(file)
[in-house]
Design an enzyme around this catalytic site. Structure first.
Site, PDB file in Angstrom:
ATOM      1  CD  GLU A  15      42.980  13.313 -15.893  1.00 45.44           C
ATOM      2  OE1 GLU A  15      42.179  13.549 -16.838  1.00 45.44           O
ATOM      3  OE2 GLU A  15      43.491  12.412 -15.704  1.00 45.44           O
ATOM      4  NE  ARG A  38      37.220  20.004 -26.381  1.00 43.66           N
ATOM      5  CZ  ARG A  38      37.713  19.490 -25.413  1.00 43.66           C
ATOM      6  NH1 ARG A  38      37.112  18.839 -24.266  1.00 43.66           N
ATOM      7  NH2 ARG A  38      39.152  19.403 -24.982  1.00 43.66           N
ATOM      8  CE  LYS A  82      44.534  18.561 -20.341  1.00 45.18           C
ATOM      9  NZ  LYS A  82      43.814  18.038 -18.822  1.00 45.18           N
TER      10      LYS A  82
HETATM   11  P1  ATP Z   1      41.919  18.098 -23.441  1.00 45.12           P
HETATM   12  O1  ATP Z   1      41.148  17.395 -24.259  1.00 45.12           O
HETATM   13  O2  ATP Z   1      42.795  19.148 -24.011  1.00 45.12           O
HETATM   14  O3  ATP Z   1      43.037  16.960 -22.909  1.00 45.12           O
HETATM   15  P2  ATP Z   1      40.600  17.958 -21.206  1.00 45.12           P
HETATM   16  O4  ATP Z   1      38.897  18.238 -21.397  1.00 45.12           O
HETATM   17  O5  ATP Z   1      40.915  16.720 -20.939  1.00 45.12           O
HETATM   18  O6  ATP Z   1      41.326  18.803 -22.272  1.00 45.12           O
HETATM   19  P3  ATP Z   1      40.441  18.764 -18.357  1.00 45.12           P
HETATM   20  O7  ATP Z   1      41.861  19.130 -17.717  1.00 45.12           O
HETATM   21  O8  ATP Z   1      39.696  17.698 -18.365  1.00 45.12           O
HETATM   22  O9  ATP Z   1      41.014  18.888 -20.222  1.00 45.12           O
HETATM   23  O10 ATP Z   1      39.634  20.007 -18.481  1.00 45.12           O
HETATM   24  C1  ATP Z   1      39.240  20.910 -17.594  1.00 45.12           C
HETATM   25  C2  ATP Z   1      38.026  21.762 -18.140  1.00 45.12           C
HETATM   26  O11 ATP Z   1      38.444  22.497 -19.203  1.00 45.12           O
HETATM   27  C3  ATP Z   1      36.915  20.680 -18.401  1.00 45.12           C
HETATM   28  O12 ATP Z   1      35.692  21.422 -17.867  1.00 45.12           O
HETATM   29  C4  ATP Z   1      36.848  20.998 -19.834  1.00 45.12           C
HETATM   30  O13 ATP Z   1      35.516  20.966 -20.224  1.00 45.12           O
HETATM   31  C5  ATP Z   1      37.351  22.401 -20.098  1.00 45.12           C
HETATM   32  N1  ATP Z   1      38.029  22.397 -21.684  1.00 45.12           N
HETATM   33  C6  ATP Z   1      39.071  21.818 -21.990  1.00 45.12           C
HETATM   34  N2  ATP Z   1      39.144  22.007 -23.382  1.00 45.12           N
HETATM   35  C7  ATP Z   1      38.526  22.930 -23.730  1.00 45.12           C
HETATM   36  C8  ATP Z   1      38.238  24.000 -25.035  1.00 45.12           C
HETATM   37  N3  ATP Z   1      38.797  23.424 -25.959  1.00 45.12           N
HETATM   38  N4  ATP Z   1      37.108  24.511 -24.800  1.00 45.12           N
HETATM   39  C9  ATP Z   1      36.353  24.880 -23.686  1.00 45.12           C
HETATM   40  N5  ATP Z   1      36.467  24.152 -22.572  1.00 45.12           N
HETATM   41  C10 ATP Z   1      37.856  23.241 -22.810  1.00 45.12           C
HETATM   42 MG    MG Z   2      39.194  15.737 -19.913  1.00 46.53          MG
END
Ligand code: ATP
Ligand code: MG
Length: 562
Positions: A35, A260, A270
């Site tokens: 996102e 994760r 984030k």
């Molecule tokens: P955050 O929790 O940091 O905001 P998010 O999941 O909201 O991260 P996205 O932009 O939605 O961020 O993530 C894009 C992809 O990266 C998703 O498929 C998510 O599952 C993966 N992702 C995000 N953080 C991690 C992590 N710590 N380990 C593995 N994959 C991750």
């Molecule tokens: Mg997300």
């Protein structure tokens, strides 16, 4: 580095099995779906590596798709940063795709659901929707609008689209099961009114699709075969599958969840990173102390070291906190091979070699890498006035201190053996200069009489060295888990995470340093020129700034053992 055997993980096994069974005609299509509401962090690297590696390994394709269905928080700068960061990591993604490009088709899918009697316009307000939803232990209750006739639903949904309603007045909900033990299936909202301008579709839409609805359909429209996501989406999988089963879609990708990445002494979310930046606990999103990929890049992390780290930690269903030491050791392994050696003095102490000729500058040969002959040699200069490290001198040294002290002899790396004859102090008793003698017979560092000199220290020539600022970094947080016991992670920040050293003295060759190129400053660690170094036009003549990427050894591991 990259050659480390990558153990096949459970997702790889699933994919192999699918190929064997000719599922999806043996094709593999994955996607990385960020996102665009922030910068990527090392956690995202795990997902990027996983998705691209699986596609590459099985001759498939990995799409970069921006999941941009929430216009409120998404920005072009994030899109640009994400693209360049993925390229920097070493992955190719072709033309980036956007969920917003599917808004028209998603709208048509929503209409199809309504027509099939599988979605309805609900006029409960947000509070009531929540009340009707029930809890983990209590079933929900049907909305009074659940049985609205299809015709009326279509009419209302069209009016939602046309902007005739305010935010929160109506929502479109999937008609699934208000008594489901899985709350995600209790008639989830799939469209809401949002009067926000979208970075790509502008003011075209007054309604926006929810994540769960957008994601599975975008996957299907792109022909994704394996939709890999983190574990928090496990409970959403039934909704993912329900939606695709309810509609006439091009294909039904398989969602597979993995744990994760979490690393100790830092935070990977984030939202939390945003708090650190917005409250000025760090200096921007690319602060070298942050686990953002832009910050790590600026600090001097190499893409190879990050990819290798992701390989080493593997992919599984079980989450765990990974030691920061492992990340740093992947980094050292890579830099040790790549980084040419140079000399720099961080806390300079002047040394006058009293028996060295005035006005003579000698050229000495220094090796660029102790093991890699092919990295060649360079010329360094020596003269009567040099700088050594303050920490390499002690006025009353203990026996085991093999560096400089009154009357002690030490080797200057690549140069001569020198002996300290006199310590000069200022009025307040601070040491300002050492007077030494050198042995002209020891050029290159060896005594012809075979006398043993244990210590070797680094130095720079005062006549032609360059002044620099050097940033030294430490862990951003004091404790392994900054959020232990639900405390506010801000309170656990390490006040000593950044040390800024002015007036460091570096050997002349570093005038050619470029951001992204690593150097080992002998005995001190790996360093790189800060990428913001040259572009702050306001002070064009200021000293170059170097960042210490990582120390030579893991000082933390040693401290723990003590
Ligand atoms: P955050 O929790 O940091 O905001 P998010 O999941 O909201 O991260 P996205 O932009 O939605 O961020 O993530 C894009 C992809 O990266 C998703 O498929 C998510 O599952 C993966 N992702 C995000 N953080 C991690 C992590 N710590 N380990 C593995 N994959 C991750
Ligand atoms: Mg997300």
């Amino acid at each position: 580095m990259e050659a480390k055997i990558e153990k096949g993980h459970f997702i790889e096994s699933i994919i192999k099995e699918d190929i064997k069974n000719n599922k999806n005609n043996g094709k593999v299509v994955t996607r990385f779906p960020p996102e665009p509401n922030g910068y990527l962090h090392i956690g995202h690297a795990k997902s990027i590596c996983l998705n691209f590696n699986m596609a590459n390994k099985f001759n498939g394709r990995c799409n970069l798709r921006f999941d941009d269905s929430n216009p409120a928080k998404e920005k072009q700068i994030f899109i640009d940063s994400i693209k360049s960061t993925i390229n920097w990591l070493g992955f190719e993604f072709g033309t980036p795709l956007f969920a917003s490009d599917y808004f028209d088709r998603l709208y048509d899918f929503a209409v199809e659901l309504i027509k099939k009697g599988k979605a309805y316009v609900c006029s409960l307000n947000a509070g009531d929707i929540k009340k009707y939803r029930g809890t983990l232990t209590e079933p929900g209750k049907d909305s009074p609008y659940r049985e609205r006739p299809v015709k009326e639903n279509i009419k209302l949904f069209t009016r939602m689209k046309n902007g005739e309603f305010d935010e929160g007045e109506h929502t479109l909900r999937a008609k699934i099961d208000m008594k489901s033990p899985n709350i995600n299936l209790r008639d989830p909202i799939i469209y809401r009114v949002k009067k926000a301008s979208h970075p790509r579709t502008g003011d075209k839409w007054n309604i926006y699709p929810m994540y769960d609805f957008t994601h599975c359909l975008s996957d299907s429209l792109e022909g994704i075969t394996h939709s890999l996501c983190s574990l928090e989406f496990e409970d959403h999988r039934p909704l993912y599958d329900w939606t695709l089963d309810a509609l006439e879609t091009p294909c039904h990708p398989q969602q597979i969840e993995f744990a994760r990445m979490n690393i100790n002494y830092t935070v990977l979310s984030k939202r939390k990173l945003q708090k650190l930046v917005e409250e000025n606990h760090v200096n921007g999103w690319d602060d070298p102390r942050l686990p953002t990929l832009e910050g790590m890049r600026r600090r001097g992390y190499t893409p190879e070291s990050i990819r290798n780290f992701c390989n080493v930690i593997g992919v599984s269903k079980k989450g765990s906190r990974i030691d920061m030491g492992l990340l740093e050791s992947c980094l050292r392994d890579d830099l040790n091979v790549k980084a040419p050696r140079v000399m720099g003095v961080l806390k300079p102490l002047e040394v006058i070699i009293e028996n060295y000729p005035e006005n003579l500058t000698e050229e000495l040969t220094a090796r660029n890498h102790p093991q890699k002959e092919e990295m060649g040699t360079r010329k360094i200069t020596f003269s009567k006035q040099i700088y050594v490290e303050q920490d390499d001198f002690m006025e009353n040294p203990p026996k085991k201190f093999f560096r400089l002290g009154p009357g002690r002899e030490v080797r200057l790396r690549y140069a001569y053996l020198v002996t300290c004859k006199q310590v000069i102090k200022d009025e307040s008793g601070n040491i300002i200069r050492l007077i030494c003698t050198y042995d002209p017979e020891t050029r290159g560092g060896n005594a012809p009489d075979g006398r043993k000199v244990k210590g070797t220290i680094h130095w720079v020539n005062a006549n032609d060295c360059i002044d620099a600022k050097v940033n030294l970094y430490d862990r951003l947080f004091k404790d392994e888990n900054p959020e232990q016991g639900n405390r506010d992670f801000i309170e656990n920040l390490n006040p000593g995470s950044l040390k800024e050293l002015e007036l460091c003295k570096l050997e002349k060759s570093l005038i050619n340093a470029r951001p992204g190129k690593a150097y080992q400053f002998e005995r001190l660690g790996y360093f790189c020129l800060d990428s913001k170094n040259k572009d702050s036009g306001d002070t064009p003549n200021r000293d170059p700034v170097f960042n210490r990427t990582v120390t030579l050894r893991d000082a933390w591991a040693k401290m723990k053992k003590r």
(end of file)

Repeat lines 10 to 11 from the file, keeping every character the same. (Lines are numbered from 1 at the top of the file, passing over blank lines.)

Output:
ATOM      7  NH2 ARG A  38      39.152  19.403 -24.982  1.00 43.66           N
ATOM      8  CE  LYS A  82      44.534  18.561 -20.341  1.00 45.18           C